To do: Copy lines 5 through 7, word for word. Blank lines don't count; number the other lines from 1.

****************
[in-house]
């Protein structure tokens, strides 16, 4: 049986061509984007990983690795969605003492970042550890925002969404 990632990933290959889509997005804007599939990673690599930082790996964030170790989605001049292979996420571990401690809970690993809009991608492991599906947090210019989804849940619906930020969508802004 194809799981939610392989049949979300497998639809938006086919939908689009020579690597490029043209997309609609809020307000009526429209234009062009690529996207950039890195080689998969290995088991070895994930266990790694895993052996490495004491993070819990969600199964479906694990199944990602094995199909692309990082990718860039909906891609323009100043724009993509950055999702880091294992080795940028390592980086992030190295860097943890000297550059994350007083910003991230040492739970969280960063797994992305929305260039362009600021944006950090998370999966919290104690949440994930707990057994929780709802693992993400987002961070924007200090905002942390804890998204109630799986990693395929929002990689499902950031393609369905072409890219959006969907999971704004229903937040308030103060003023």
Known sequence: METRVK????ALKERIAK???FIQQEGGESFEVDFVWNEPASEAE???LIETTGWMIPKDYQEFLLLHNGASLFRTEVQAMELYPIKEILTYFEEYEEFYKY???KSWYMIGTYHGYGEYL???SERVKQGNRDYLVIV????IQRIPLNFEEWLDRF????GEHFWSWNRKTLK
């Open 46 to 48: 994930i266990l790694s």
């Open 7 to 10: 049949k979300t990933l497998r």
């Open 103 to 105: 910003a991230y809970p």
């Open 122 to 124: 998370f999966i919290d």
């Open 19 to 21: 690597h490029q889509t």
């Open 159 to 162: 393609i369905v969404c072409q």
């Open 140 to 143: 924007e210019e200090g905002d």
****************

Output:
């Open 7 to 10: 049949k979300t990933l497998r």
């Open 103 to 105: 910003a991230y809970p």
């Open 122 to 124: 998370f999966i919290d």